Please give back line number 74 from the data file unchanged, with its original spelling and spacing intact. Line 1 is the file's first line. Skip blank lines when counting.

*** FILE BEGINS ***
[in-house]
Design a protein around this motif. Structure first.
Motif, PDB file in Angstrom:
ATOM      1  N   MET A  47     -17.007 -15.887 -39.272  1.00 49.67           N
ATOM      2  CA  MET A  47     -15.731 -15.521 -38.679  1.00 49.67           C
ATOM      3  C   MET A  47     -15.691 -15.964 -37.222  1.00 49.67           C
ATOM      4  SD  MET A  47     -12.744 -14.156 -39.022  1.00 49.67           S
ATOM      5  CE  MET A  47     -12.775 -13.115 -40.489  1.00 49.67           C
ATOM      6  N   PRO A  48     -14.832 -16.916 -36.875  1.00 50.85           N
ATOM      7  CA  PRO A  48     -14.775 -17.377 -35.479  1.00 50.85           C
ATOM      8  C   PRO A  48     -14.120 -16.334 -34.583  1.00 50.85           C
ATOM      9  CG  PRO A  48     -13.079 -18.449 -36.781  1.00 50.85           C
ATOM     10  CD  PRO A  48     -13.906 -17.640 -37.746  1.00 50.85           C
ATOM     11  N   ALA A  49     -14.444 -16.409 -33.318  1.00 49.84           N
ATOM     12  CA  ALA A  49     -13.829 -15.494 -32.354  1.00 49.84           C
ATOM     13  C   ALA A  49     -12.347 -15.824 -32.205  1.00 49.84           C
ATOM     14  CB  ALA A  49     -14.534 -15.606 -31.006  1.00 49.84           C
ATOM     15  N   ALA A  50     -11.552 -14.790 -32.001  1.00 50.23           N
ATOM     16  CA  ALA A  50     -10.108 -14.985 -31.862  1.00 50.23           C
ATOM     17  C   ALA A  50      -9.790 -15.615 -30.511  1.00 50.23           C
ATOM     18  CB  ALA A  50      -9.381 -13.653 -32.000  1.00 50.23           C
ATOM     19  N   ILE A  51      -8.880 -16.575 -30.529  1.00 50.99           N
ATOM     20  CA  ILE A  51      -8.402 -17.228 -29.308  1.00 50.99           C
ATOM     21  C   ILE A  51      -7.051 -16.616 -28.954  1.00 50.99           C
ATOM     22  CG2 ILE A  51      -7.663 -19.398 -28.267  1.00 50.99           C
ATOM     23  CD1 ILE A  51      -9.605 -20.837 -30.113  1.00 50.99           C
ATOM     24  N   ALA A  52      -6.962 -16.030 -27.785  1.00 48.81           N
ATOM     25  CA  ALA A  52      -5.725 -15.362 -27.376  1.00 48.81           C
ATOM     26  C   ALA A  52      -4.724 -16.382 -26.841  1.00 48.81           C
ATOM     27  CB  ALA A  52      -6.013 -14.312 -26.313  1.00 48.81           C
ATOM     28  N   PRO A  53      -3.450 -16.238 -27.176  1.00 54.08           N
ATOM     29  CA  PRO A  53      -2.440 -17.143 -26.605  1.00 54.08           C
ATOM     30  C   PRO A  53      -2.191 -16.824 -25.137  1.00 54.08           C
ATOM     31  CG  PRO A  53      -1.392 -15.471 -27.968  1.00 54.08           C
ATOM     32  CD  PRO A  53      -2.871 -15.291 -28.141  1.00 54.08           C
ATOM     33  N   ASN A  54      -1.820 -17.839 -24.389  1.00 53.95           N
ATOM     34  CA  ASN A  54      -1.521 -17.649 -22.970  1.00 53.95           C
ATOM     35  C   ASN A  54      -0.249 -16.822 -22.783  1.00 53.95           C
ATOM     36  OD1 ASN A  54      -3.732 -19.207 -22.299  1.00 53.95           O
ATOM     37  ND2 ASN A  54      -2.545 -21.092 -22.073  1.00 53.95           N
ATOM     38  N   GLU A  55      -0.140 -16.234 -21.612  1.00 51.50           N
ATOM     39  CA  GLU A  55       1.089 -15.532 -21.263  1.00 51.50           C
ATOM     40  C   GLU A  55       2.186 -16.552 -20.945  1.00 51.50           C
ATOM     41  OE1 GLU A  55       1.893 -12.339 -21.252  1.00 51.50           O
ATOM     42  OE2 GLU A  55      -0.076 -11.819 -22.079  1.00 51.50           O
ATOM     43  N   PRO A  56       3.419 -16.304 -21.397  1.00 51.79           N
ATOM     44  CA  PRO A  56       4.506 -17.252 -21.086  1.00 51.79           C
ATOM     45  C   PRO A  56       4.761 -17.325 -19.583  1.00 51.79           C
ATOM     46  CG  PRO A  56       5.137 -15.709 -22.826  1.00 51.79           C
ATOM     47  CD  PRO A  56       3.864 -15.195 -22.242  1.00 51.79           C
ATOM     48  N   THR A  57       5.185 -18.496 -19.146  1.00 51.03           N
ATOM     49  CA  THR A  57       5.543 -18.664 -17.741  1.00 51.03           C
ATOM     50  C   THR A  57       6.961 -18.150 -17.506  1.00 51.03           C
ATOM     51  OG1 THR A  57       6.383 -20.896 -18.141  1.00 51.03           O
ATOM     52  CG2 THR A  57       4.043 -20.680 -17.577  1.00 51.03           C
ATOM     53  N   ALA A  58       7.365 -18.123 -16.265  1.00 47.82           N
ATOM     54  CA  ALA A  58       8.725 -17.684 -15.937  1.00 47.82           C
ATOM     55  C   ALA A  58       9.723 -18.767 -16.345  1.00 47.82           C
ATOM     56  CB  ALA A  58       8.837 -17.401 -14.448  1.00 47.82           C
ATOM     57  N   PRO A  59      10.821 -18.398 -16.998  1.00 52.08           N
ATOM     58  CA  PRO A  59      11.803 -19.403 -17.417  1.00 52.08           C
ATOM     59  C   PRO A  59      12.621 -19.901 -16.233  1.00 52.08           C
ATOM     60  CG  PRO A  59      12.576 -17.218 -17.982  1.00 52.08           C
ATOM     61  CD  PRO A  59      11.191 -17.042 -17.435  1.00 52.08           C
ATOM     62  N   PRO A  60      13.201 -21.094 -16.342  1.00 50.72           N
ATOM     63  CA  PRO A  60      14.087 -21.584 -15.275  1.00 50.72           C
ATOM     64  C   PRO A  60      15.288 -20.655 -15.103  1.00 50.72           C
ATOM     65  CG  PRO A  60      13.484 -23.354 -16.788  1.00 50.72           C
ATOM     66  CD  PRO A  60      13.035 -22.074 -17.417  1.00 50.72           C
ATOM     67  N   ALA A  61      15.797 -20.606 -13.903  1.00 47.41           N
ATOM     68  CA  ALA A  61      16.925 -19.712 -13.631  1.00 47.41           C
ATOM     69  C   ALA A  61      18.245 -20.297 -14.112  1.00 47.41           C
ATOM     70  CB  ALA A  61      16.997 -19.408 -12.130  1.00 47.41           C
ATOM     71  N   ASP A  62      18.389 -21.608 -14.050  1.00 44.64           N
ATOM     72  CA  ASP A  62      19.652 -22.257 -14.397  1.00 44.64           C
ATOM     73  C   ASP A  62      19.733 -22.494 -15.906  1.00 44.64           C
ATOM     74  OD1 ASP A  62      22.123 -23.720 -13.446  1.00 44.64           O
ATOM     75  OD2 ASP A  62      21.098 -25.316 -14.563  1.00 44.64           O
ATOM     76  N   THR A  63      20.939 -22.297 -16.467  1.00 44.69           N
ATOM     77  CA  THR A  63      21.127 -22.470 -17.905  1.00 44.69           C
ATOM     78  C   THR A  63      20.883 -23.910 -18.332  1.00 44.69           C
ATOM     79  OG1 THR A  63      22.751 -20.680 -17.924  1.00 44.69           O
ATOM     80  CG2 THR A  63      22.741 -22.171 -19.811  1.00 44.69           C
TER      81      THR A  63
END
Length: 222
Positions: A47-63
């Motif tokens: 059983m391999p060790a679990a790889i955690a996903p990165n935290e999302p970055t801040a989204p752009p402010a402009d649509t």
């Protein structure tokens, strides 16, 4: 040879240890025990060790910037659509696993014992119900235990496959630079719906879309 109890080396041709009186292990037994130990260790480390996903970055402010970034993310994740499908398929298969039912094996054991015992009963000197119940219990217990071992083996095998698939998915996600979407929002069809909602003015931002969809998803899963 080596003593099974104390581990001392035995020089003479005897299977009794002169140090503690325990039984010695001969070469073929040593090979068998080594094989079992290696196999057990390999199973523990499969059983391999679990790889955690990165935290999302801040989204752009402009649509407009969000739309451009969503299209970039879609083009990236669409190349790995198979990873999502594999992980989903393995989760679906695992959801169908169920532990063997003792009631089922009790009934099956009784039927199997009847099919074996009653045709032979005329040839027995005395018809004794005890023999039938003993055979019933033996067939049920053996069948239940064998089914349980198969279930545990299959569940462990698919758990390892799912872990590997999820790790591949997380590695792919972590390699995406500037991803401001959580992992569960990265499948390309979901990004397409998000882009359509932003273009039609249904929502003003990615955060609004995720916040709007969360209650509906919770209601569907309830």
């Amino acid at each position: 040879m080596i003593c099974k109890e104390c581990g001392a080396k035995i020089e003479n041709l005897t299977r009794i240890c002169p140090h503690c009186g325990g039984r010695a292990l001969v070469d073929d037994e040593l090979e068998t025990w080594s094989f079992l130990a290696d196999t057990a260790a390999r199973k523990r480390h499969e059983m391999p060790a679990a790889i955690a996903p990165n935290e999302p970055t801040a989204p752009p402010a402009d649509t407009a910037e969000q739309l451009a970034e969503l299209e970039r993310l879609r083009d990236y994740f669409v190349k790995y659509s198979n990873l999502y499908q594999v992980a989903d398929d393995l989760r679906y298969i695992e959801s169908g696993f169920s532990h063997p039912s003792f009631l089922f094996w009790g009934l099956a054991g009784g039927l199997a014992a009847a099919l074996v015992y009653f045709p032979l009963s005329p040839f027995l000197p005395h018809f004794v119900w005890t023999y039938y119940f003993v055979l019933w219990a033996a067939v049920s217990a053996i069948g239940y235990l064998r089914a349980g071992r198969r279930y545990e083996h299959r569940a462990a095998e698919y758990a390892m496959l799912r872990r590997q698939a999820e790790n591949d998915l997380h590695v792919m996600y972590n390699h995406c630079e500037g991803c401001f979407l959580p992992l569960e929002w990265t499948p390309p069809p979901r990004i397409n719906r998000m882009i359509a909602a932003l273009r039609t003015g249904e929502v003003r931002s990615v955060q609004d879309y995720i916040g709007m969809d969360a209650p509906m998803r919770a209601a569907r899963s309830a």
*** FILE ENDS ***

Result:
ATOM     71  N   ASP A  62      18.389 -21.608 -14.050  1.00 44.64           N